Add in the story of Saint Nicholas from Patara…

That’s magic! That is where holiday fun lives—within your amazing children and your own awesome parent selves. You and your children are beautiful, wonderful, fun, and loving. You have the resources within yourself and in your family to create meaningful times. You do! Creating holiday joy and meaningful traditions can be done in complete honesty, and I believe with more satisfying results in the long run.

Age 4, preparing for the annual Christmas pageant

Age 4, preparing for the annual Christmas pageant

Stories and imagination are wonderful! So are myths and traditions! Keep those alive! Play-acting that Santa exists and believing that he actually does are very different! Problems have arisen for centuries once a symbol/story/myth is taken as “real,” deconstructed from its deeper meaning.

Invitation, curiosity… how could you start from the realm of honesty and create magic from there? It might take some creative thinking. To get started…

Ideas From Other Parents

Mom Ali: “My son is 2.5 and I decided last year that I was definitely not going to do “Santa.” I don’t want him to feel like he is missing out or feel like the odd one out when other kids are talking excitedly about Santa. I also don’t want him to feel or speak negatively about Santa to other kids who believe. So I’m going with the explanation that Santa is a character played by people who love you and who want to do something to bring you joy. You can also play Santa for other people. I will get him a Santa present and it will be a surprise, but he will know it was from me. I will also help him make presents for others and he can give them “from Santa.” So Santa can still be “real,” we have just changed the definition to suit ourselves!!”

Mom Kate: “…we tell our kids that Santa can be anyone dressed up in a red suit and a beard. They like to know this! They still ‘believe‘ in Santa. They still get a kick out of seeing Santa. Yet, they know that Santa is just another person.”  (Have a Merry Honest Christmas)

Mom EW: “I’m so tired of seeing children have to deal with all these Santa lies! Once you give it up and understand how amazing your relationship with your children can be without it, the lying becomes even more repulsive. We don’t do Santa in any way, we just give each other gifts from ourselves.”

Mom Heather: “I do not believe in lying or in telling my kids to lie, but also don’t feel it’s my place to tell other kids there is no Santa.”

And here’s another post: “Thoughts on Santa: Tainting Trust and Magic”

Begin with your favorite values (Generosity? Quality family time? Whatever the “reason for the season” is to you) and then create activities from there that become yearly traditions. Creating ritual can bring a sense of magic. To this day, I feel “magic” when I transform my living room with candlelight. How long did the ‘magic’ of Santa last? Relatively minuscule, and it came with a high price.

Back to the Story of Saint Nicholas:StNicholas clip-mj

It’s lovely: giving to those in need, love for children, standing up for the innocent: now we’re talking! It’s one of those cases where a real person takes on mythological stature over time. Joseph Campbell’s definition of “myth” (or one of them) is: the experience of life.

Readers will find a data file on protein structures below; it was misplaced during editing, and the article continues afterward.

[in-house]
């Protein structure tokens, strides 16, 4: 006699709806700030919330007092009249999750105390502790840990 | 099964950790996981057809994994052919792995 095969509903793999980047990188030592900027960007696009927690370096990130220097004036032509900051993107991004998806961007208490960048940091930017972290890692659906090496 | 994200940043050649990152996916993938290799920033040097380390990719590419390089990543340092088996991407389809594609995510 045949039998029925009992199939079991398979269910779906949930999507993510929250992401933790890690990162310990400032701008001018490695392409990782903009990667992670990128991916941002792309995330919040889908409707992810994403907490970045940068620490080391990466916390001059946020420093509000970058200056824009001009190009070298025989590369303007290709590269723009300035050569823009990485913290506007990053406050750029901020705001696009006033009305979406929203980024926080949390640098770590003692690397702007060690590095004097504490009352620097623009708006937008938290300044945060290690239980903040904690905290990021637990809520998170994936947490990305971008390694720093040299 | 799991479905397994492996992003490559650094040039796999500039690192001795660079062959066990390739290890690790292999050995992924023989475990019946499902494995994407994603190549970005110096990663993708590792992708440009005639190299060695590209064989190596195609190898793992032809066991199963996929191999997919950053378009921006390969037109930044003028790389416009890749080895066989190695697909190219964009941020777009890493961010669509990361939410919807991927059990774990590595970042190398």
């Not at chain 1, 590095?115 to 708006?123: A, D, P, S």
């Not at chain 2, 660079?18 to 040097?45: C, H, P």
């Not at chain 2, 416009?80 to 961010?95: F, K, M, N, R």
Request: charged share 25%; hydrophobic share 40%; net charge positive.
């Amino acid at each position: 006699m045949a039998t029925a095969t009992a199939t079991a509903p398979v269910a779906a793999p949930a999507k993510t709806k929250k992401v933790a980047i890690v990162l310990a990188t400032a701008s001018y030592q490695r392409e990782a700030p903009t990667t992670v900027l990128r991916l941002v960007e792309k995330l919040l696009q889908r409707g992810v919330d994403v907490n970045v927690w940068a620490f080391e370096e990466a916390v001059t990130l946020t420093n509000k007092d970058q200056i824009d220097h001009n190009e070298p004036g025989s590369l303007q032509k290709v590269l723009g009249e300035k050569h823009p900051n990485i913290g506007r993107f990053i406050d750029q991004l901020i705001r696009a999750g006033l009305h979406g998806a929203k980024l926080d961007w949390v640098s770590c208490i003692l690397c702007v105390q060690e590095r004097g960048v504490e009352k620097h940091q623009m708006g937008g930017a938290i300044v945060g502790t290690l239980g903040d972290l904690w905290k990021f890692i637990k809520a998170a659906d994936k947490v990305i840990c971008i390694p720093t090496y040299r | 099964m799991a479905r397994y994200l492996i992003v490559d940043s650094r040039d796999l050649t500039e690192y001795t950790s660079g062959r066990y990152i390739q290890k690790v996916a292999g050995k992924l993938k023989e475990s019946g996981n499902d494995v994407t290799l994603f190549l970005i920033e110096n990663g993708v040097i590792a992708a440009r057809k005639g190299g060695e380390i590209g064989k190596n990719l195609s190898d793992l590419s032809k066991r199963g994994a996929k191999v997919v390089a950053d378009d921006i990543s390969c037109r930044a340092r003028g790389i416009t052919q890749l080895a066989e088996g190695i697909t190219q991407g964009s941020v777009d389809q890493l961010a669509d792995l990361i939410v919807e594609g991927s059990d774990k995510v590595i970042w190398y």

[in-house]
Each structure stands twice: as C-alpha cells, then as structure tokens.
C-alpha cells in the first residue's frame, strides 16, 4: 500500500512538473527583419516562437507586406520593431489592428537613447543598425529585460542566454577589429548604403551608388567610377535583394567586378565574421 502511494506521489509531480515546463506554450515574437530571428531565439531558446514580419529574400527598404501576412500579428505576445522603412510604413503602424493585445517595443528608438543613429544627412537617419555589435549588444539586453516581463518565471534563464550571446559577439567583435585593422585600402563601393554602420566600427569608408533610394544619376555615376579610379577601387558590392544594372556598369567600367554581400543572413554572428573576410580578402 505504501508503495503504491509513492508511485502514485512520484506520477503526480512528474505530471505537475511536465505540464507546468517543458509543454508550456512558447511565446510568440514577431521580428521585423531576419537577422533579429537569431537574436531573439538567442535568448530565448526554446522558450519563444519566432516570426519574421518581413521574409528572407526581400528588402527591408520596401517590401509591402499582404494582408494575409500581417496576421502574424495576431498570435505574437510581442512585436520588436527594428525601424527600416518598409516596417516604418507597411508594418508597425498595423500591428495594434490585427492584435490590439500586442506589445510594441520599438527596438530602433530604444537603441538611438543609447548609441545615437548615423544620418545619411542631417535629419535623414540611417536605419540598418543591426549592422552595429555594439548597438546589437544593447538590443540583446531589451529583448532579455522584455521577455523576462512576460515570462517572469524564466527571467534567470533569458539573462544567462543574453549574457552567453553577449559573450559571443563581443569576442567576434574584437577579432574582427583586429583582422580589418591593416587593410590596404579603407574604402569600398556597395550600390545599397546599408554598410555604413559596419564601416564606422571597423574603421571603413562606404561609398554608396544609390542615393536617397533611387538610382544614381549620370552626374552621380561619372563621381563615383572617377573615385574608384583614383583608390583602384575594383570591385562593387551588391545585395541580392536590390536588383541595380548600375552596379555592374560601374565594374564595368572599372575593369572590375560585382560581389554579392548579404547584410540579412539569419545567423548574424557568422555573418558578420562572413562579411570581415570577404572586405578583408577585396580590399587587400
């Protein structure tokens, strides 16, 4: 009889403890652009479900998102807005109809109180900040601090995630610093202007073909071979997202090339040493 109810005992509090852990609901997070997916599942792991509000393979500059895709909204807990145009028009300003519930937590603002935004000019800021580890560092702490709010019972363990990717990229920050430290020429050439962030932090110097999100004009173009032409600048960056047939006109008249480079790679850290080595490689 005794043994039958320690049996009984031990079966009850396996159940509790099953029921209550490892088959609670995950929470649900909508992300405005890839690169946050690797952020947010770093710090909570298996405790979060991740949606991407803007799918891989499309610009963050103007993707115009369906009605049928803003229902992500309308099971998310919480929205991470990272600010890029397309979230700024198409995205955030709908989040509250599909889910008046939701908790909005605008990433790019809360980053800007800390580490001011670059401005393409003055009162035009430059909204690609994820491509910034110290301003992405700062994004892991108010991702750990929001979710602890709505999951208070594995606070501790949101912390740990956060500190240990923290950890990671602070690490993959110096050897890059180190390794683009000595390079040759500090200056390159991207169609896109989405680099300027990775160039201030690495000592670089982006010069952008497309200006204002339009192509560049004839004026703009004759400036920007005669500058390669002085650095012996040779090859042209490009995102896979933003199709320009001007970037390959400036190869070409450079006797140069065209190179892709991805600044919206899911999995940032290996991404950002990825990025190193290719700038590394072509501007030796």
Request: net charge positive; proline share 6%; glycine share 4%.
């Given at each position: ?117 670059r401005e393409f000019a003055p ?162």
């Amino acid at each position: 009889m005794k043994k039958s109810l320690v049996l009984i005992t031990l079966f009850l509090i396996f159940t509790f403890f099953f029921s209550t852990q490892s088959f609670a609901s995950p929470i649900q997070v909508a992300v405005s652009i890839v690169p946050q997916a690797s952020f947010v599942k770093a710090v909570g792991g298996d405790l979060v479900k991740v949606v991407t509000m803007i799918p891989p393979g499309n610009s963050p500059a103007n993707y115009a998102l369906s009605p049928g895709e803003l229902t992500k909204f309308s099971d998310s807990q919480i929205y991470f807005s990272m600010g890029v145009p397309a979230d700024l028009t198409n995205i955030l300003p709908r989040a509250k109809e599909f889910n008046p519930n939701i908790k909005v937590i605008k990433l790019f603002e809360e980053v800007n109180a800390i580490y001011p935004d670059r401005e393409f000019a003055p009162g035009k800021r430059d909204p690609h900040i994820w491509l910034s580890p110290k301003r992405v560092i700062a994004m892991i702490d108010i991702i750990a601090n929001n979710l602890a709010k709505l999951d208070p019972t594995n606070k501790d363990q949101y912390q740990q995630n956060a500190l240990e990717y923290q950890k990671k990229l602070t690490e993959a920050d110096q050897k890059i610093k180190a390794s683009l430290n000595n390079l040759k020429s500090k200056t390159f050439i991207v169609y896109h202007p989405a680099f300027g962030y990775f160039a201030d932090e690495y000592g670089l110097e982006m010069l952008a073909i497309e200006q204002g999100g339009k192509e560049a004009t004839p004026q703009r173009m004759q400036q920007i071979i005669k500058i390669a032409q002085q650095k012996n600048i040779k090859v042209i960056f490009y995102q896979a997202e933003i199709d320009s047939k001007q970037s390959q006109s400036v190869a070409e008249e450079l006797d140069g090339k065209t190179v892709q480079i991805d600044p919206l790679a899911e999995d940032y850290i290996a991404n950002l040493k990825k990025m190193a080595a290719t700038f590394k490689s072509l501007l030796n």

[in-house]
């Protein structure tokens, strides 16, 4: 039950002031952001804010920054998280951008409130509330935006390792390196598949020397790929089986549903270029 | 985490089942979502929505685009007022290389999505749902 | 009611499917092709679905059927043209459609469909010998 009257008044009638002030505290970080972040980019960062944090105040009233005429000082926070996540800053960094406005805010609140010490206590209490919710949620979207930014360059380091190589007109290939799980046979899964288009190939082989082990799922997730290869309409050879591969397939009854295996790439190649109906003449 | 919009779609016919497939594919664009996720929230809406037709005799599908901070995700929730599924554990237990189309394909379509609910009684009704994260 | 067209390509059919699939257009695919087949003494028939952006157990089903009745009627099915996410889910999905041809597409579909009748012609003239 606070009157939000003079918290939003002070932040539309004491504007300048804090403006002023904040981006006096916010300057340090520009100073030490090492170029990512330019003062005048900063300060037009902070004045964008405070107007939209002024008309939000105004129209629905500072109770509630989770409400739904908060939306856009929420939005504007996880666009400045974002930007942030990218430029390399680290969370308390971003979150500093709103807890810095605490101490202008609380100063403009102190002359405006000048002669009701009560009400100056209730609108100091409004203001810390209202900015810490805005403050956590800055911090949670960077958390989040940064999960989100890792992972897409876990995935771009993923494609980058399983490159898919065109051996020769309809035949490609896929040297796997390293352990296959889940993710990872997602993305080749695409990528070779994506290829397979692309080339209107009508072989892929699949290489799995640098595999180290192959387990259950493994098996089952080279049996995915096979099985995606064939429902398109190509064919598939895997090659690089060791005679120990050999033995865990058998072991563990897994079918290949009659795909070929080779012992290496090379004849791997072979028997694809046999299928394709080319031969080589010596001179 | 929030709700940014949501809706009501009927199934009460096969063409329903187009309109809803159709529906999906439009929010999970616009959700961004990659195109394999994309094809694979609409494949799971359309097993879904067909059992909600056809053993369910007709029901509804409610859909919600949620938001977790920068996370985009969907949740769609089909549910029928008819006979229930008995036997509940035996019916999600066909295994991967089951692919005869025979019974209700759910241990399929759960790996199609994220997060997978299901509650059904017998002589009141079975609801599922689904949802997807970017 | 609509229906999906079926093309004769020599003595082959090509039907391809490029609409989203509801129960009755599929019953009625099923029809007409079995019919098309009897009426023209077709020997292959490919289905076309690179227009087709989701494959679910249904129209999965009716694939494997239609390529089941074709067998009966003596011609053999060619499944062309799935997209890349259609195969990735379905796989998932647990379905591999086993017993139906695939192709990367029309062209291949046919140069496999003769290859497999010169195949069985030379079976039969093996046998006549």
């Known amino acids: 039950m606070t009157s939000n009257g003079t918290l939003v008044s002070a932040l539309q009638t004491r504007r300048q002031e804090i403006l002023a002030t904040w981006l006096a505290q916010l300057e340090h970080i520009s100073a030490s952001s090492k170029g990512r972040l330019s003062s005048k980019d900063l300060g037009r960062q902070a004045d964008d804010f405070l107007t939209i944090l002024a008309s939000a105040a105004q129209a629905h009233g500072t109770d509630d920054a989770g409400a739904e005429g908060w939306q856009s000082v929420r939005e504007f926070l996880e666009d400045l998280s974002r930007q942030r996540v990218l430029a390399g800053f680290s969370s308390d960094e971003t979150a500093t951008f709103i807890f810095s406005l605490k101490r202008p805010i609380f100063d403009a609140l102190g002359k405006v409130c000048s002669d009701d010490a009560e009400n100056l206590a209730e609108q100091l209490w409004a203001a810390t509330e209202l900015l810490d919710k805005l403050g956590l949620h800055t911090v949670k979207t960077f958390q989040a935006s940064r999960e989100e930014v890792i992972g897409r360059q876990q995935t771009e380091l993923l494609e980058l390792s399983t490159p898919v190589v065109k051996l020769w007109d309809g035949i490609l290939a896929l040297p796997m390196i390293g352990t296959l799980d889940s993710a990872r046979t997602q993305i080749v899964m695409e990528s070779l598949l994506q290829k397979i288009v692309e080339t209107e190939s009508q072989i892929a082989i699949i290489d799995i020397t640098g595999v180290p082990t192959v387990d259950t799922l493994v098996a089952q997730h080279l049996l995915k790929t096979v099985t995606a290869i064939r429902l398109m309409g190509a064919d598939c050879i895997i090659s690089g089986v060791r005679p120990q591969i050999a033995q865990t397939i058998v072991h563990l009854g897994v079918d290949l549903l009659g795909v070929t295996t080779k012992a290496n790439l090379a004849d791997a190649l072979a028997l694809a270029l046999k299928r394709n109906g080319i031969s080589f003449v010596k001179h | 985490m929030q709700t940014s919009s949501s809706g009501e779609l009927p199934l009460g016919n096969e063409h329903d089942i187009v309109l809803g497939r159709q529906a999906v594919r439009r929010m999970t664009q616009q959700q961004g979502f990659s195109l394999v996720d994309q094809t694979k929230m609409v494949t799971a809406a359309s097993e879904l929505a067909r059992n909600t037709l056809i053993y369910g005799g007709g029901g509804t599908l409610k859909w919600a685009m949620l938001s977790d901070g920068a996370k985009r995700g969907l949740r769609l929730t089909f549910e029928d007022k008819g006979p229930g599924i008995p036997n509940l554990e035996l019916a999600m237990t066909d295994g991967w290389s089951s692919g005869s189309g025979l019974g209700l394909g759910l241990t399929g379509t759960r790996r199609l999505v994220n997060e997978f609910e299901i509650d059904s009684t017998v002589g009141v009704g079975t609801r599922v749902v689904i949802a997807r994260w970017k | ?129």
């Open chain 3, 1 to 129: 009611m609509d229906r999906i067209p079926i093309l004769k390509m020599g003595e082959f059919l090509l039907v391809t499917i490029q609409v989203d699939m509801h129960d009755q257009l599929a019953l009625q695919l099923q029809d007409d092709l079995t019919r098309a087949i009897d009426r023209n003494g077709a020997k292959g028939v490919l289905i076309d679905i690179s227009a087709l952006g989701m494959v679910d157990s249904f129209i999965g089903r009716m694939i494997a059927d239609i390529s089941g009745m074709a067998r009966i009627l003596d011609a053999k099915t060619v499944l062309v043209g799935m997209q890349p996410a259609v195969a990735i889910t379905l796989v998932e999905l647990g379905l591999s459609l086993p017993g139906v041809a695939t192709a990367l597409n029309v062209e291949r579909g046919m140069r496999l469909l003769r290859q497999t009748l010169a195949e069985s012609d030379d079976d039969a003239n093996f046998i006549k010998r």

Now we have Christmas –> Santa –> St. Nicholas –> generosity, protector of children, etc. –> application of this myth to current life –> the experience of giving and loving.

That means: go and do it! Go out into the world—or into your own living room—with your children, who are beautiful just as they are without manipulation, and make some magic!

© Eliza Parker 2014, All Rights Reserved. Eliza Parker is a certified Infant Developmental Movement Educator®, Aware Parenting Instructor, Body-Mind Centering® Practitioner, and Feldenkrais® Practitioner.

Advertisements

Holiday Overstimulation and Visiting Family

It’s that time of year… I don’t have a new post for you, but want to share this info again and hope it’s useful.

Please refer to my first post on this topic: Holiday Overstimulation: Let Baby Turn Away

The holidays and family gatherings seem to present decision-making opportunities to parents like no other time. How do you protect Baby’s space, needs, and your ways of relating while you’re around family members who may not understand or may feel differently?

Two examples: crying-in-arms and not prop-sitting. Both of these provide ample territory for potential ridicule. Think ahead about what choices you’ll be confronted with so you’re not caught off-guard. Protect Baby’s needs as much as you’re able to; and when you’re not, plan on some recuperation time with Baby later when you’re alone. Find fun ways to explain what’s happening, like, if Baby turns away from someone, “Oh look, isn’t that cool, he knows when he’s taken in as much as his brain can process, smart kiddo! He’ll look back at you in a minute.”

Relationship5 12mo

Another thing you may deal with is family members wanting to touch the baby (poke, prod, tickle, kiss, stroke, bounce, hold, etc.). Of course some of these will be comfortable for Baby. But some will not. Baby might need your help in this area because many grown ups–while their intention is loving–don’t realize they’re invading a person’s space by doing this. Here are a few ideas: